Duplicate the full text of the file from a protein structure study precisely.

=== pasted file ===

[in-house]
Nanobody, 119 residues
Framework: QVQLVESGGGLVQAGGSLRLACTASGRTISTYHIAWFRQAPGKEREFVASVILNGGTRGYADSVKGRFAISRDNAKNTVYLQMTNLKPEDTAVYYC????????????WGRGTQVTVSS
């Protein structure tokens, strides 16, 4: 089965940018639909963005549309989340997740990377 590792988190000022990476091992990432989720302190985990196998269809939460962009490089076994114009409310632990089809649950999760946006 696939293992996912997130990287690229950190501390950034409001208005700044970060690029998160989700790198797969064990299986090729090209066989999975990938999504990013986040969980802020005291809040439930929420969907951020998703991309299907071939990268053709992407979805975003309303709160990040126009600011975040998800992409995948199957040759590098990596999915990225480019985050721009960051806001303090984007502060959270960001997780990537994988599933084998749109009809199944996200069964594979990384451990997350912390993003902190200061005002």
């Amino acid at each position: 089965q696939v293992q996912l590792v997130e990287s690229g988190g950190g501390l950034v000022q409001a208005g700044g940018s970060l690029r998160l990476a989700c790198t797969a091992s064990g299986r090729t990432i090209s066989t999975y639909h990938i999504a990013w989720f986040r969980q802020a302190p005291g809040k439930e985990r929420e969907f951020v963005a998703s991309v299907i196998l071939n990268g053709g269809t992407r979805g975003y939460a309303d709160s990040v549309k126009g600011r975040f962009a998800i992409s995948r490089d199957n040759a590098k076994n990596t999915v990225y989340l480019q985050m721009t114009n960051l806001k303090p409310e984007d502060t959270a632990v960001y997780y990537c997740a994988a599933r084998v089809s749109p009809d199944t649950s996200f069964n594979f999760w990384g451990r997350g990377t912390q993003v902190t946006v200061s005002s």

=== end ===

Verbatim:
[in-house]
Nanobody, 119 residues
Framework: QVQLVESGGGLVQAGGSLRLACTASGRTISTYHIAWFRQAPGKEREFVASVILNGGTRGYADSVKGRFAISRDNAKNTVYLQMTNLKPEDTAVYYC????????????WGRGTQVTVSS
């Protein structure tokens, strides 16, 4: 089965940018639909963005549309989340997740990377 590792988190000022990476091992990432989720302190985990196998269809939460962009490089076994114009409310632990089809649950999760946006 696939293992996912997130990287690229950190501390950034409001208005700044970060690029998160989700790198797969064990299986090729090209066989999975990938999504990013986040969980802020005291809040439930929420969907951020998703991309299907071939990268053709992407979805975003309303709160990040126009600011975040998800992409995948199957040759590098990596999915990225480019985050721009960051806001303090984007502060959270960001997780990537994988599933084998749109009809199944996200069964594979990384451990997350912390993003902190200061005002």
């Amino acid at each position: 089965q696939v293992q996912l590792v997130e990287s690229g988190g950190g501390l950034v000022q409001a208005g700044g940018s970060l690029r998160l990476a989700c790198t797969a091992s064990g299986r090729t990432i090209s066989t999975y639909h990938i999504a990013w989720f986040r969980q802020a302190p005291g809040k439930e985990r929420e969907f951020v963005a998703s991309v299907i196998l071939n990268g053709g269809t992407r979805g975003y939460a309303d709160s990040v549309k126009g600011r975040f962009a998800i992409s995948r490089d199957n040759a590098k076994n990596t999915v990225y989340l480019q985050m721009t114009n960051l806001k303090p409310e984007d502060t959270a632990v960001y997780y990537c997740a994988a599933r084998v089809s749109p009809d199944t649950s996200f069964n594979f999760w990384g451990r997350g990377t912390q993003v902190t946006v200061s005002s």